TV-6 Investigates: Young car thieves challenging juvenile court

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ROCK ISLAND, Ill. (KWQC) - After a brief summer lull, more kids are stealing cars yet again. And police say they're arresting kids they've seen before. So what is happening with these juveniles once they get arrested?

TV-6 Investigates sat in juvenile court for months tracking several cases from start to finish. Juvenile Court is a problem-solving court. The judges try to balance seeking justice with rehabilitating kids caught committing crimes.

TV-6 Investigates saw a wide variety of circumstances in court, from repeat offenders to kids who seem to be getting the help they need. But we won't know how successful the courts are because nearly all records in juvenile court are sealed from the public. Our only window is through the eyes of the judges, court staff, and our own research. The biggest takeaway we saw, is it's the younger kids who are making this process even harder.

In April, Moline police got a call from Davenport police. Based on a tip, they tracked down a stolen black Kia Sportage from Lujacks in Moline. Davenport officers said kids were behind the wheel. Moline police used stop sticks to corral the car. Five kids tried to run but were arrested.

One of them is a teenager wearing red in one of the pictures we found. He's 17 and he posted pictures to his Facebook page. Police sources said the black Kia Sportage behind him fits the description of the Kia he was caught in. In court, the prosecutor also said the teen had a loaded gun with him. His story is like so many others.

"I think that the teenage juveniles involved in that type of conduct are particularly susceptible to letting that group dynamic make some really really terrible choices," said Rock Island County's presiding Juvenile Judge Pete Church.

He can't discuss specific cases that he's seen. But he believes the recent car theft trend is another dangerous fad.

"My sense is that there's probably a group of really not too many individuals that probably would be what you call the leaders, there were a lot of followers involved in this, and there have been a few leaders and I hope their cases have been adjudicated," said Church.

The teen pleaded guilty to both felony charges against him. He's awaiting sentencing in Illinois. He has also pleaded guilty to two felony theft charges in Iowa. But before he was even sentenced for those, he was charged with stealing more cars while also wearing a GPS ankle bracelet. Those charges are pending. Scott County's Juvenile Prosecutor Dion Trowers said they can't help the kids until the court process finishes.

"We can't start the programming until a juvenile has been sentenced," said Trowers.

He also told us the younger ages of these kids has become even more challenging.

"You're exposing them to kids that have more of a criminal history, criminal background," said Trowers.

Rock Island County statistics show the age group of kids connected to car thefts has shifted into 12, 13 and 14-year-olds. Scott County has seen a similar trend. TV-6 Investigates saw a 12-year-old in Church's courtroom wearing a sweatshirt affiliated with a local gang. His Facebook profile lists the same gang symbols we saw on the other teen's page.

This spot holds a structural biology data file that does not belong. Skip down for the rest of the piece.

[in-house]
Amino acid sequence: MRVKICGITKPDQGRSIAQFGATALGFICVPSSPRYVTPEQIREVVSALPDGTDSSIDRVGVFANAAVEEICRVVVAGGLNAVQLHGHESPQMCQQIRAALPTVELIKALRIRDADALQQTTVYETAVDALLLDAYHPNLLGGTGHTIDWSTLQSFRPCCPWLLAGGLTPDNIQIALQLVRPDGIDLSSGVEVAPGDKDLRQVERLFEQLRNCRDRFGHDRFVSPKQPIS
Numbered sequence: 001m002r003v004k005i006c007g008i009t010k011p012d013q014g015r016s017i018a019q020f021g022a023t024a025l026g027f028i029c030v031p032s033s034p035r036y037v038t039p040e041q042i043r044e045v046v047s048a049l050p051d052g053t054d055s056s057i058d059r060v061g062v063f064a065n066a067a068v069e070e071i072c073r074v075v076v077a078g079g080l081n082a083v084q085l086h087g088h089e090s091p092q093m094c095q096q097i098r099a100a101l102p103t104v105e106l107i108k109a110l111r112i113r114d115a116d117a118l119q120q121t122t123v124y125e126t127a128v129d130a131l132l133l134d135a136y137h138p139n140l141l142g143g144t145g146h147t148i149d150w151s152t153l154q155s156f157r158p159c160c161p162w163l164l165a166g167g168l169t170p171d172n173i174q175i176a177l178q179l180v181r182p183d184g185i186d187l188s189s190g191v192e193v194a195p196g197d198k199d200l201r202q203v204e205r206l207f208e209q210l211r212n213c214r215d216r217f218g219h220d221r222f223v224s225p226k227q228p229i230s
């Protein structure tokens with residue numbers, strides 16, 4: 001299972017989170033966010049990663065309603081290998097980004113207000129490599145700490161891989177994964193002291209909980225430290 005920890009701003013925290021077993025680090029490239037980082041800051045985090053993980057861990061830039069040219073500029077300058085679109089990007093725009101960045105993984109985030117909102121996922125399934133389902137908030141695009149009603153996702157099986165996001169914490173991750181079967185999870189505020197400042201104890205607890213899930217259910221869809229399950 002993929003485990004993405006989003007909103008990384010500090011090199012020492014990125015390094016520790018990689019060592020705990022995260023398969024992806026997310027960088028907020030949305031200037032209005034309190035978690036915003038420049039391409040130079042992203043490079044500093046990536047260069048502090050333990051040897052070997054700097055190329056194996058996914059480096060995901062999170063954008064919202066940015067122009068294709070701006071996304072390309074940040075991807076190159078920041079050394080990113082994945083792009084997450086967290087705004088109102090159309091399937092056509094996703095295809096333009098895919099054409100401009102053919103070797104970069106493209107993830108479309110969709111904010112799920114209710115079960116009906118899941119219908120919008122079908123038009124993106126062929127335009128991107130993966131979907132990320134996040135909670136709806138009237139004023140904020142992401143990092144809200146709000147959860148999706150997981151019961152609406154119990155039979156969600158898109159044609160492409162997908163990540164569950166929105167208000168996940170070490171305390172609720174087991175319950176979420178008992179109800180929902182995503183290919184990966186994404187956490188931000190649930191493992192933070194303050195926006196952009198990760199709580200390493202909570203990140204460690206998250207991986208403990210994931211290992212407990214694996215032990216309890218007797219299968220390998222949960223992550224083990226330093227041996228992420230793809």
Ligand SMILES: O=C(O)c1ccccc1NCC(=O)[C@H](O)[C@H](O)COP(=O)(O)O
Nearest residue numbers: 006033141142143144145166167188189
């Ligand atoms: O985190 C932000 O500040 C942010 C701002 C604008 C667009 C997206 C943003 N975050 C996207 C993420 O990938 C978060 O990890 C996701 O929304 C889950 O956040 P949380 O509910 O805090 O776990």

The 12-year-old pleaded guilty to burglary and escape, after stealing a purse from an unlocked car in Rock Island and cutting off the ankle bracelet he was issued previously. His age worries outside experts like Western Illinois University Professor Barry McCrary, who spent years working in Pennsylvania's juvenile justice systems.

"The earlier a young person starts committing crimes, the likelihood of them committing crimes as an adult increases dramatically," said McCrary.

Church said it's harder to treat younger kids.

"Not all the services that we have available are geared to somebody who might be 12 or 13 years old, you might be thinking more like 15 or 16," said Church.

Both Iowa and Illinois limit what types of crimes a child must commit and how old a child is before they're even allowed to be sent to juvenile institutions. Church said judges have to weigh a number of factors before they can send a minor anywhere.

"Before you take a child or a minor in this case out of the home, you have to look at all the available options for services before that's done," said Church.

McCrary said that's good policy to help prevent young children from becoming institutionalized.

"You might have subconsciously learned that you can function in prison, in jail, in the detention center, because you've been in that environment," said McCrary.

Church hopes this car theft fad is over.

"My experience has been there are some phases that tend to happen and then to a certain extent, tend to run their course, let's hope this has run its course," said Church.

There may be hope for some kids involved in such trends. We saw one other juvenile in Church's courtroom. His Facebook profile also shows the same gang symbols and the same types of pictures we saw with the other two kids. He pleaded guilty to driving a stolen car. Church sentenced him to two years probation and a term at Arrowhead Youth and Family services.

But during the hearing, Church reviewed the teen's behavior reports from the juvenile jail and a temporary stay at Arrowhead. Church told him they were some of the best he's ever seen and encouraged him to keep it up.